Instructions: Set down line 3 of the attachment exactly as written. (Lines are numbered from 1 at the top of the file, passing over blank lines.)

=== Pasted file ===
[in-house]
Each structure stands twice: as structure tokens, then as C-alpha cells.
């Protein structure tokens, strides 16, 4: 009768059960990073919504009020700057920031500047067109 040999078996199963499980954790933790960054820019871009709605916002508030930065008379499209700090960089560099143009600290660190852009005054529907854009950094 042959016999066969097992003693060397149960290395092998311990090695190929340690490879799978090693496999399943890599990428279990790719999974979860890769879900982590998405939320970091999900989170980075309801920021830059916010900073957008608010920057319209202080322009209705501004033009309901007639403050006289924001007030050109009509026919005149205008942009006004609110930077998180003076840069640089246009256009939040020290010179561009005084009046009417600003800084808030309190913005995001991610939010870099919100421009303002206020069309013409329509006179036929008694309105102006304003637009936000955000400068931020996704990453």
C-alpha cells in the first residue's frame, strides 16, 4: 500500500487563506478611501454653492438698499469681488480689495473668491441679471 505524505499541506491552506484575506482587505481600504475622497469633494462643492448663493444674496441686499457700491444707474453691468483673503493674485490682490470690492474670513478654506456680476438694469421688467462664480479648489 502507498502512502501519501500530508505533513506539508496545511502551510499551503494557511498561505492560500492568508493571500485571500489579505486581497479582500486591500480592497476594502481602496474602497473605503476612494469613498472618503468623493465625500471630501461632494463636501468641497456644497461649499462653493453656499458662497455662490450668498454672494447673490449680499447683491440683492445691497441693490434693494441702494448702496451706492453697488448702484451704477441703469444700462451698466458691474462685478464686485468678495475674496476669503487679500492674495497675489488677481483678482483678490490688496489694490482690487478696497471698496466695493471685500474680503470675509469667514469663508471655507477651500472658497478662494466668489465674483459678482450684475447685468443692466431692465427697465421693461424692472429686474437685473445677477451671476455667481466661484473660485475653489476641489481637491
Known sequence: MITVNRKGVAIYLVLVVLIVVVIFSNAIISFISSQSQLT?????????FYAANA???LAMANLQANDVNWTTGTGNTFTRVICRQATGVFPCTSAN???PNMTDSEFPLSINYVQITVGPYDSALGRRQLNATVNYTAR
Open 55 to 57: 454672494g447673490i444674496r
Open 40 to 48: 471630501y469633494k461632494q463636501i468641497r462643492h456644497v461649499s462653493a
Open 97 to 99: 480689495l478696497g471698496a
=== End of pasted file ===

């Protein structure tokens, strides 16, 4: 009768059960990073919504009020700057920031500047067109 040999078996199963499980954790933790960054820019871009709605916002508030930065008379499209700090960089560099143009600290660190852009005054529907854009950094 042959016999066969097992003693060397149960290395092998311990090695190929340690490879799978090693496999399943890599990428279990790719999974979860890769879900982590998405939320970091999900989170980075309801920021830059916010900073957008608010920057319209202080322009209705501004033009309901007639403050006289924001007030050109009509026919005149205008942009006004609110930077998180003076840069640089246009256009939040020290010179561009005084009046009417600003800084808030309190913005995001991610939010870099919100421009303002206020069309013409329509006179036929008694309105102006304003637009936000955000400068931020996704990453």